I read the book on your recommendation and followed his journey of discovery–going from the academic to the potential realization of self/no self. I liked his observations and realizations covering many of the ideas that are discusses here at NC and encountered in so many of the experiences I’ve had over the past four years (and longer). He has a nice way of expressing Buddhist philosophy for a beginner, like me.

“We simply must act as if physical objects really exist as they appear to exist all the while knowing they do not. Similarly, we must act as if there is really a path and a goal, even though there isn’t. You must follow the path that is not a path so that you can see for yourself that it leads nowhere or, perhaps more precisely, that it leads back to exactly where you started. You must wake up in the dream in order to see the dream for what it is, to see that waking up is itself, in some inexplicable manner, an illusion, because there was never anything other than the dream.”

One of my teachers from an online Sangha in upstate NY knew him and we had a nice discussion about his work. He promised to mention to his wife Sandy that I liked the book.

So glad to hear you read this. I recently heard Alan Wallace reference Huntington, and he said he knew him. This was during a 2009 retreat. He mentioned his other book, The Emptiness of Emptiness and said it is a fine translation.

One of the things that touched me about him and his book, was that for all his erudition, he was no Buddhist master. It was interesting to me, how one type of personality prioritizes the academic study over the application and practice. He was a brilliant guy, and yet so fallible, so human and vulnerable. And, he had come to a point of brutal honesty. This was someone opening a window to himself as he truly was face to face with death and no longer thinking about it from the armchair. I shed a tear for him. Despite his intellect and career of study and exploration, there was still that separation.

I am curious what you make of this point. Were you struck by the difference between those who make the path their practice vs. one who studies it? It’s a curious thing to me.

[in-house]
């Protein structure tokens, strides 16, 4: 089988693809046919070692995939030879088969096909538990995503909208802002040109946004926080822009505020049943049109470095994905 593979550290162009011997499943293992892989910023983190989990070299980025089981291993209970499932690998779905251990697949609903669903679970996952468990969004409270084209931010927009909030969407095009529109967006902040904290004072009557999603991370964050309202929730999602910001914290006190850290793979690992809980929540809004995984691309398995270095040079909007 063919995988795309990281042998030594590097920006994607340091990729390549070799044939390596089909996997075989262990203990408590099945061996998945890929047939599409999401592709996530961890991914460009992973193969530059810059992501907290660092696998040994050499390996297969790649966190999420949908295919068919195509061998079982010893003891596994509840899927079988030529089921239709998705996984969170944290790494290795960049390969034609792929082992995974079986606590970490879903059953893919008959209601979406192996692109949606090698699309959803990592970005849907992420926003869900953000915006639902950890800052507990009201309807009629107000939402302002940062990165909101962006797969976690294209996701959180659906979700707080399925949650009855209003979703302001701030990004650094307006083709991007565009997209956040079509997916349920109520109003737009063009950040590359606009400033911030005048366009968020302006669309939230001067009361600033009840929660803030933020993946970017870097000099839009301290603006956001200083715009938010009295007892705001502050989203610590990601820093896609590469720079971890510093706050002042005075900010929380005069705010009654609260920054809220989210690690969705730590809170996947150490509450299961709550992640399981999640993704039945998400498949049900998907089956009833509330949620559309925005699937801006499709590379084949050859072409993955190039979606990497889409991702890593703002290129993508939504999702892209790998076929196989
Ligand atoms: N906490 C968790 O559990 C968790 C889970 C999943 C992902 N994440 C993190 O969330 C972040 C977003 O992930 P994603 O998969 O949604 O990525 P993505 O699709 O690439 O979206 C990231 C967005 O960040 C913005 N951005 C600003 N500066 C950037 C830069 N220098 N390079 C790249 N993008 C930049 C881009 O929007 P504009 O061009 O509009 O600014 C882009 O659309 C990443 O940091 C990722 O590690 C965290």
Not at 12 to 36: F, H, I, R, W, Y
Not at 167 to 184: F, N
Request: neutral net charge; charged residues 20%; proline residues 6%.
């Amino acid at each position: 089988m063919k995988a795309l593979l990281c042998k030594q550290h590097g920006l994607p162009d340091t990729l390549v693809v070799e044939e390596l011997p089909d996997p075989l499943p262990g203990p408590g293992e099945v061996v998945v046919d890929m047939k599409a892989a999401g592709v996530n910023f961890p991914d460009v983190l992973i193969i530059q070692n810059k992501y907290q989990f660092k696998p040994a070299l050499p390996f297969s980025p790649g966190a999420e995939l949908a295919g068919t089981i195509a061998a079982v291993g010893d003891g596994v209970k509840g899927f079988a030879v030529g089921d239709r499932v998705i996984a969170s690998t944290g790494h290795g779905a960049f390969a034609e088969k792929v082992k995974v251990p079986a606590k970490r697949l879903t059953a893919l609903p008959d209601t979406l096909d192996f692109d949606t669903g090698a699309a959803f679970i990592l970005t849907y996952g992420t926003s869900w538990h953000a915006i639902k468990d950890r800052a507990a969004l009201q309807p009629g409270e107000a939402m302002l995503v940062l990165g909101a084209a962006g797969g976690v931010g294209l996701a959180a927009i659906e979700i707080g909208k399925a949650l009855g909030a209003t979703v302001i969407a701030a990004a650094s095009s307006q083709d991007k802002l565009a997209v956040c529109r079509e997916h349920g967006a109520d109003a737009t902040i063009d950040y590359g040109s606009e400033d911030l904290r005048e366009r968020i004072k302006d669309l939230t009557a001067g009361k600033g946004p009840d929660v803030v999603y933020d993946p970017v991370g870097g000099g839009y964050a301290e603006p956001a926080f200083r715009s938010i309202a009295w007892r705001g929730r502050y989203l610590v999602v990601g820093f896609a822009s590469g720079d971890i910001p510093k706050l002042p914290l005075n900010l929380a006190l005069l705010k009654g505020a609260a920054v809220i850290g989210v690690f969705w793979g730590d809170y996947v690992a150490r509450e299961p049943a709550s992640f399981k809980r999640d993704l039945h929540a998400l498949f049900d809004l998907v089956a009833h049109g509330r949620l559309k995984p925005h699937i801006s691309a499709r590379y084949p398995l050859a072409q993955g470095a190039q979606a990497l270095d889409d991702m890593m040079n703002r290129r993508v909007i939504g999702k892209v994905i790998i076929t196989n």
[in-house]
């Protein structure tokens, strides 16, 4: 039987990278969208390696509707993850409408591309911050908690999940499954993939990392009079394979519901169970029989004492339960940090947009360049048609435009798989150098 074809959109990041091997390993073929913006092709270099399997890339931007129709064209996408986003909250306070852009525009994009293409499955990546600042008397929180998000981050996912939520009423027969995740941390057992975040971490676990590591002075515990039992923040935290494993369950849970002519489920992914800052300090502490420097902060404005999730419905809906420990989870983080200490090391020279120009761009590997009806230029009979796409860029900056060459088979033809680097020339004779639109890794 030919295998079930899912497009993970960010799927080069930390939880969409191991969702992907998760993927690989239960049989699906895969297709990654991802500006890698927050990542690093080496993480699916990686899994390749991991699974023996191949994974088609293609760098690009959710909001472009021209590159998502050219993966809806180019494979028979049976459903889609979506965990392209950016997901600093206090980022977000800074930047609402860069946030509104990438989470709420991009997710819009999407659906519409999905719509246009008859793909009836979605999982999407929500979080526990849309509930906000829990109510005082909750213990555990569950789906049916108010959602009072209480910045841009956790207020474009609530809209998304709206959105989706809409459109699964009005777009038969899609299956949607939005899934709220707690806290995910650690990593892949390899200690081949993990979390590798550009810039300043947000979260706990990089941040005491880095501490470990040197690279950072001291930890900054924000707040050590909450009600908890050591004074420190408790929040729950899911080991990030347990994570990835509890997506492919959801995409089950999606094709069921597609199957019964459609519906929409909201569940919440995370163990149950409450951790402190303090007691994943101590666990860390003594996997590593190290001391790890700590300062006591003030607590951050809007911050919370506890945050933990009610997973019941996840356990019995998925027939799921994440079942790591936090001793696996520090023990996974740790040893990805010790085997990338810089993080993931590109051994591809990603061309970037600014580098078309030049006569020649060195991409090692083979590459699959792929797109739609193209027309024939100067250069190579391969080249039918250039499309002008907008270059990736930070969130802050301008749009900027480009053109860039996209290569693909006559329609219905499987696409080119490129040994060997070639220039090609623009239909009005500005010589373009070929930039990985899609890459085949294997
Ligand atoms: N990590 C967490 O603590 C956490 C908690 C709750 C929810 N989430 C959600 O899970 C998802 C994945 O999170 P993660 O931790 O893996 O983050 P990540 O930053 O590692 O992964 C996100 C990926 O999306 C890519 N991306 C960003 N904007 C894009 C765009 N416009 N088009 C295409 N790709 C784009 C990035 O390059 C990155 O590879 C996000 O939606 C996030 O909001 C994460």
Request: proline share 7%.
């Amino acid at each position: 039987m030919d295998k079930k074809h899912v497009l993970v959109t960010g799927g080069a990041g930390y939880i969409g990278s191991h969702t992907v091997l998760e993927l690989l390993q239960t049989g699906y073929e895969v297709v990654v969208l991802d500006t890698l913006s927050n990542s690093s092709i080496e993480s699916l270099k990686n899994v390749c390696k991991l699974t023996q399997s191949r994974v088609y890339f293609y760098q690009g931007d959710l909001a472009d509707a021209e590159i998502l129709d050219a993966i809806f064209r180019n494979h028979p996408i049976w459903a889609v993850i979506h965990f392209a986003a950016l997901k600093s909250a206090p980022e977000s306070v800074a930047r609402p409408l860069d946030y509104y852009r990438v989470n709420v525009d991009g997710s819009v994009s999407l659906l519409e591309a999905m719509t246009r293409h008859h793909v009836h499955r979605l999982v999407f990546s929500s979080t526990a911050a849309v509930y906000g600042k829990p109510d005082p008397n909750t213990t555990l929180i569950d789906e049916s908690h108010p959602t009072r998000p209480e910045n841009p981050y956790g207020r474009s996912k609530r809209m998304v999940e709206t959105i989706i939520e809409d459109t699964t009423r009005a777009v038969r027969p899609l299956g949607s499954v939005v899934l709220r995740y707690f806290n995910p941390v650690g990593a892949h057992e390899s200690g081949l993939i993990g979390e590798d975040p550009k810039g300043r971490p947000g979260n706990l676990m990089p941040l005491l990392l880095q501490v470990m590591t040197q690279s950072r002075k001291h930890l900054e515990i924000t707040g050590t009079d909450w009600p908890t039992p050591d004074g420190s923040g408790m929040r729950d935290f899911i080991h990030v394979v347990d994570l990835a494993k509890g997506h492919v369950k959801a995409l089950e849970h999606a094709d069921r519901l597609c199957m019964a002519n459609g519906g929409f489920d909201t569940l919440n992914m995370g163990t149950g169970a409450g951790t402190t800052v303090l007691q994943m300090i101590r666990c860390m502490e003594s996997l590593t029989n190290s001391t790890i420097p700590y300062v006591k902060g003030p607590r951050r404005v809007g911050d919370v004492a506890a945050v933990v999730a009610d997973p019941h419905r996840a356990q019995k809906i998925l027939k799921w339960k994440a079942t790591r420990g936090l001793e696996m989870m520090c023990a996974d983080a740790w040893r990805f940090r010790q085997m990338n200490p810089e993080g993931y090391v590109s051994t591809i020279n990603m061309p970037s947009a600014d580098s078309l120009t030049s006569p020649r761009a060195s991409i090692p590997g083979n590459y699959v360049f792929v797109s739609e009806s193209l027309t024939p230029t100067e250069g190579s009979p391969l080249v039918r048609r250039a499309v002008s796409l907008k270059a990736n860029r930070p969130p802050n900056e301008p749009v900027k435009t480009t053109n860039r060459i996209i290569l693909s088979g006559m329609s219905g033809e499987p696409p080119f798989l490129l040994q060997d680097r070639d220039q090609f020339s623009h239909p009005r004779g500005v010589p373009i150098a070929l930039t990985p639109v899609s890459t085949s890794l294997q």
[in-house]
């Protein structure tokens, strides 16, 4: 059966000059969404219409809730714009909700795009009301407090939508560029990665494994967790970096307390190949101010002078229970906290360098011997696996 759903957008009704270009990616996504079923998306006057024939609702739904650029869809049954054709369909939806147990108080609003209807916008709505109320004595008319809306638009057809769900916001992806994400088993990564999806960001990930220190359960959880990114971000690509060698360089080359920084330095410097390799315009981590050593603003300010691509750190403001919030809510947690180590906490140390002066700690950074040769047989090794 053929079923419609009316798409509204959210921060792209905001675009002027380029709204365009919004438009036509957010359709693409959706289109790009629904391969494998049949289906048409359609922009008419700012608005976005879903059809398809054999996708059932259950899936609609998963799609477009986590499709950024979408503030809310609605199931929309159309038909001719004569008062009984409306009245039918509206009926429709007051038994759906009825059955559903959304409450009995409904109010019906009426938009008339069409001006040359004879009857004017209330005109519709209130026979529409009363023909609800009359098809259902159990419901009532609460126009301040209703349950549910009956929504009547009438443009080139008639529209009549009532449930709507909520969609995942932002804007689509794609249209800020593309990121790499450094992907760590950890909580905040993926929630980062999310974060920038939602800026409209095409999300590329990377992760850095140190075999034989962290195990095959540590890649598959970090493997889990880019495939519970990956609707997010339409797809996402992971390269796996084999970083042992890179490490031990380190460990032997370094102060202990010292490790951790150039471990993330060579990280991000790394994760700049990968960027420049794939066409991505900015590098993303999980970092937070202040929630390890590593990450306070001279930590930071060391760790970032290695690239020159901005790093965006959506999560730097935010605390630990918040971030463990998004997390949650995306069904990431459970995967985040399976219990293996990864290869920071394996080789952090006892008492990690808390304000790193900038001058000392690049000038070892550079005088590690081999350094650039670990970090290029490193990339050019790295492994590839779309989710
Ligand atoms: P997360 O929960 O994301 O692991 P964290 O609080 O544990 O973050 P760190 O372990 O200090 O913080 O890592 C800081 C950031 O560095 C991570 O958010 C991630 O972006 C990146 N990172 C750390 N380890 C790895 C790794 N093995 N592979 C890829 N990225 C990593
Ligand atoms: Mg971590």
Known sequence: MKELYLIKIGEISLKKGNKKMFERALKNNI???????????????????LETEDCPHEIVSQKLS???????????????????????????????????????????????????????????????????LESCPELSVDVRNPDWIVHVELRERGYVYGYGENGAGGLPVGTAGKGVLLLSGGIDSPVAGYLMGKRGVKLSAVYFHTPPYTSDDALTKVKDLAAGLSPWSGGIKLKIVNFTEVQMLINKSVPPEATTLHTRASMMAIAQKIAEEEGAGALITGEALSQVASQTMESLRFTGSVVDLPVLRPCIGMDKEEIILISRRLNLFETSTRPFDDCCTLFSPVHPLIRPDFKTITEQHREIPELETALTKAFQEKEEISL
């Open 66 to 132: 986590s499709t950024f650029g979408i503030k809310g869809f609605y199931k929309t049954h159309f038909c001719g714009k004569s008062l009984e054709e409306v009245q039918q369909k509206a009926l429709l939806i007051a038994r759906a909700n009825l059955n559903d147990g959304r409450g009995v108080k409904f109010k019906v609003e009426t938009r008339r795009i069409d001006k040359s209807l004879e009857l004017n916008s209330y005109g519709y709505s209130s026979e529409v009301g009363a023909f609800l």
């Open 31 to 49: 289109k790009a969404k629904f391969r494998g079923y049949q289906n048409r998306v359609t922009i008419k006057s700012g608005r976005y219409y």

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I would like to say more, but have to go to work now, and am on a tight schedule until Friday. But, I will respond then.

I remember reading “Death Be Not Proud” by John Gunther in High School, way back in '61 which got me thinking about death at an early age, just as much as some of the death I saw around me at home, in the military and in other areas.

I’ve spent a good deal of my time amongst both camps so when I read the book, I perceived it much the way you did, though filtered through my own rainbow-colored cracked and dirty spectacles. I liked his writing style and analogies, knowing all the while he had the clear light at his back during his final revisions. That makes a difference. "Do not ask for whom the bell tolls . . . " I think that when one studies, one practices as well, just in a different way. Head work is not heart work, but they are connected. If one’s academic career covers Dharma, but the person herself/himself is a dumpster fire, how far can they get? I’ve known people such as this. I see Huntington as being good at what he did and feel compassion for his family, much the same as I feel for others I have encountered over the years. Just random thoughts . . .

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Yes, will there be clinging? We don’t know. Whatever idea might arise now, will not exist then. As you are alluding, the best path is to produce good seeds now, I think. But then, whether I do or I don’t, is out of my hands, ultimately, I believe. Prior causes and conditions… and ‘I’ am a drop in the ocean. Another quote from the Huntington book: It’s a quote of Epictetus: “True education consists in this: learning to wish that everything should come to pass exactly as it does.” Surrender to what is.

Sometimes I have the thought that, yes, death may not be what I would hope for it to be. Perhaps there will be awe and bliss, perhaps it will be hellish, perhaps it will be somewhere in between. But whatever. What will be, will be. Perhaps there is terror awaiting. What good does fretting now do?

I think estimates are that approximately 110 billion humans have existed in this go round so far. So, perhaps 103 billion of us have lived and passed though the only exit door, not to mention the gazillions of other beings coming into existence and dying every second. What shall I do, cling to this shell as if it were special in all this carnage and creation? If I do or don’t, it won’t be ‘me’ doing it. It all makes me just want to shut up. It’s a better option than trying to fathom it all.

I agree, and I think it can also be seen as surrender, mindfulness, “be here now”, resting in the “I am”, resting free of mind projection… take your pick.

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davjak, Thank you very much for your reply! Enjoyed it, and I cannot add anything to your words at all. You said it best: “It all makes me just want to shut up. Its a better option than tryin to fathom it all” :sunny: :grin: